Rooms in My Father's House: Short Stories

Open Access
Mccool, Daniel William
Area of Honors:
Bachelor of Arts
Document Type:
Thesis Supervisors:
  • Charles Waters Thompson Jr., Thesis Supervisor
  • Lisa Ruth Sternlieb, Honors Advisor
  • fiction
  • short stories
  • small-town america
  • honors
  • thesis
  • small town
  • woodbridge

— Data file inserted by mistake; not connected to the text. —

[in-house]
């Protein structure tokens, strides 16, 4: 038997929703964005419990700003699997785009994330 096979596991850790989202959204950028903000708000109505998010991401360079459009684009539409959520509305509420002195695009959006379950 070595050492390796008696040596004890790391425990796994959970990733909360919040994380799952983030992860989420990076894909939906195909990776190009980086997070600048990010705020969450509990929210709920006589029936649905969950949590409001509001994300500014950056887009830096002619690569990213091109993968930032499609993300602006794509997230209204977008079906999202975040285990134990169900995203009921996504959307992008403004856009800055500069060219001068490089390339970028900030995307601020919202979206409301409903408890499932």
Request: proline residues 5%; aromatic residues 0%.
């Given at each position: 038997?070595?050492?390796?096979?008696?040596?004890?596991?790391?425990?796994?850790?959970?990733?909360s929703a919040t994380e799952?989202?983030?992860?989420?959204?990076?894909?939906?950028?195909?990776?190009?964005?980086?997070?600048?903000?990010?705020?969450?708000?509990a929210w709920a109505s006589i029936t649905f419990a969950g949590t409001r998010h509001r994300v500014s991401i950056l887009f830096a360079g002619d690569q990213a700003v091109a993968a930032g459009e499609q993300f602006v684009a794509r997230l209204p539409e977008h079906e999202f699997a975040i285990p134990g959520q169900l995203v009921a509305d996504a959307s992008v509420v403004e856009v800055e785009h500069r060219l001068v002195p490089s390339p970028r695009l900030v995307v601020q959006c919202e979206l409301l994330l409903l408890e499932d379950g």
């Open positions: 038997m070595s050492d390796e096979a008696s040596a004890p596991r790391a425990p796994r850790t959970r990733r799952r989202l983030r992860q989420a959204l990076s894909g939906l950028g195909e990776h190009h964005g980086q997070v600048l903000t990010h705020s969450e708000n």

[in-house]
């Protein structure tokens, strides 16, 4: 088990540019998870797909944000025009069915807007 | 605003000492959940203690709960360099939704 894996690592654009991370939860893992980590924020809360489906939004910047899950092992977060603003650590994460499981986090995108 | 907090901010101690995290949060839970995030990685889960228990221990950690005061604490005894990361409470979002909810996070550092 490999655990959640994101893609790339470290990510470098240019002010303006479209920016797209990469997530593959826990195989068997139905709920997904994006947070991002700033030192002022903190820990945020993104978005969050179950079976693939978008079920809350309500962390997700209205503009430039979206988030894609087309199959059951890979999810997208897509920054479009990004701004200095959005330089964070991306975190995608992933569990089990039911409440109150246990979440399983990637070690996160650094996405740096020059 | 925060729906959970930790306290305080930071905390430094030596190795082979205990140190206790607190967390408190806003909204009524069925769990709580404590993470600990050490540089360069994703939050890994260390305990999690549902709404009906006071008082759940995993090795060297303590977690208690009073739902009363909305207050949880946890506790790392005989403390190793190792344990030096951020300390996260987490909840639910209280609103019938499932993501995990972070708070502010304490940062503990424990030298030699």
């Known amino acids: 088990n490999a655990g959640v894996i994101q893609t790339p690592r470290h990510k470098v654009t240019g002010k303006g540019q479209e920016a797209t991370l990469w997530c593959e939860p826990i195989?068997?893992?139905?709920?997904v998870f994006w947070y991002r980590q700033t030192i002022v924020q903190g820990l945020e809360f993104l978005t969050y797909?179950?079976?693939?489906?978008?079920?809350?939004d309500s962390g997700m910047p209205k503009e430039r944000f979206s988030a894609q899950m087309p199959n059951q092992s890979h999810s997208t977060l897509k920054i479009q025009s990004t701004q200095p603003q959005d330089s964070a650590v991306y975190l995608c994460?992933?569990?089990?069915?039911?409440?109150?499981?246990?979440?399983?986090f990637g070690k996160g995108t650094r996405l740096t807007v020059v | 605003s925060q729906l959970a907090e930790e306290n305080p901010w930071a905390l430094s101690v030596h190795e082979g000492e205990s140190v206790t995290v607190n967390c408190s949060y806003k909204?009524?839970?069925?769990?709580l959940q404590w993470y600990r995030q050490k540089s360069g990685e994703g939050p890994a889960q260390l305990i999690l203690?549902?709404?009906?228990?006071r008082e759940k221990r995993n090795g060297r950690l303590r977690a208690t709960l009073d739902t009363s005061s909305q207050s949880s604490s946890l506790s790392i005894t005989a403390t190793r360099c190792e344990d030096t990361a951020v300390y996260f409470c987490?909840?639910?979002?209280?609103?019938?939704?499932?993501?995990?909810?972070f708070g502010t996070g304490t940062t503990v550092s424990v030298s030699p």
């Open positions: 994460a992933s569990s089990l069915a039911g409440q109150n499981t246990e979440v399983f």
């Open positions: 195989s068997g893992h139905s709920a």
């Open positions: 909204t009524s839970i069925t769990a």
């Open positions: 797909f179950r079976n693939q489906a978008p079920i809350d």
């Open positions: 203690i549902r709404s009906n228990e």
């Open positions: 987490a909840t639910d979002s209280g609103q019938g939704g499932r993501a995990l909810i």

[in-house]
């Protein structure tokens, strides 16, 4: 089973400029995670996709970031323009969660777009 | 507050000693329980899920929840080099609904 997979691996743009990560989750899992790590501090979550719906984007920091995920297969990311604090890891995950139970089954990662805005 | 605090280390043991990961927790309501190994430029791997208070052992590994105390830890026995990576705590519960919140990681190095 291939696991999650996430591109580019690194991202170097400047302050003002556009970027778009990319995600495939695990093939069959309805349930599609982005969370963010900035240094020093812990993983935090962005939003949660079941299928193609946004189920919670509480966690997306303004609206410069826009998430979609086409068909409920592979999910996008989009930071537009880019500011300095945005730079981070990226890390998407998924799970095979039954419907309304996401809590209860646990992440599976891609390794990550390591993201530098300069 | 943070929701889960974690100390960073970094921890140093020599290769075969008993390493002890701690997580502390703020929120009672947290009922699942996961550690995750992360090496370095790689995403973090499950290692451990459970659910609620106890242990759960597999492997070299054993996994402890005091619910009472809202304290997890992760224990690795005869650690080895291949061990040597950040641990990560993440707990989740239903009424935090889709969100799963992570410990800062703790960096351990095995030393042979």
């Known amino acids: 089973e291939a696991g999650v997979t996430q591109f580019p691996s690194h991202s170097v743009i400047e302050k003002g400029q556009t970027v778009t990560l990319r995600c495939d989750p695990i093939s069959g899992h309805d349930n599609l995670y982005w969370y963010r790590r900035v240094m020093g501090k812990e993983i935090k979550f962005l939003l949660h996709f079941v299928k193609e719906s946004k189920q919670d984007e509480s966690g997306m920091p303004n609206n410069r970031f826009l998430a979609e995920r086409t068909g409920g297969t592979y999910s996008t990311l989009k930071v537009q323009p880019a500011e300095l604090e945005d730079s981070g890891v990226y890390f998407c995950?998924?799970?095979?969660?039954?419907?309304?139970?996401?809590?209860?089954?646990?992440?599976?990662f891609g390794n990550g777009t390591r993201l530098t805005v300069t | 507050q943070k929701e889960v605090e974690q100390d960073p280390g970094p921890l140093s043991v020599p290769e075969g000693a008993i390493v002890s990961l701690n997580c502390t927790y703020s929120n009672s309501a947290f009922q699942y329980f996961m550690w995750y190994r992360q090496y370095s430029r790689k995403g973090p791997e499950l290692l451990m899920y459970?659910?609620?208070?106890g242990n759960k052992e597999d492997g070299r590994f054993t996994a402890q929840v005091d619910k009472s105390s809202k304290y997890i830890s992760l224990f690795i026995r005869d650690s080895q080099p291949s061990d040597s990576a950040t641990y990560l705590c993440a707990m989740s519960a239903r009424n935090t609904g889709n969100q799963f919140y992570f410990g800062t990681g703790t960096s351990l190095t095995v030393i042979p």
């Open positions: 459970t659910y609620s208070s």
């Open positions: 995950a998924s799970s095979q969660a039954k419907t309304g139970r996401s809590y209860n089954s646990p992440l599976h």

“Small-town America” has become a familiar trope in contemporary American culture, often viewed through a romanticized or warm filter. While this collection does not aim to rake up muck to shatter common social impressions thereof, it does investigate the underpinnings and operations of such communities, and it explores their scaffolding to show how “small-town America” has evolved to the present day. Through five stories in the northeastern town of Woodbridge, town residents deal with influxes of previously known outsiders who, like it or not, have come to be included in the demographic makeup of the town that was once uniquely their own. Citizens of all ages navigate traditional rites of passage, expectations thereof, and what happens when those rituals do not go exactly as planned. The faces of youth and old age have changed considerably from the glitzy Technicolor motifs still freshly in our memories, and Rooms in My Father’s House shows how we operate within those motifs and how we vary from them, and the implications of both sticking with and departing from tradition. In short, Rooms in My Father’s House sets out to answer the question of what small-town America has become, what it means to live under its auspices today, how much of the past remains with us, and how much it has been buried.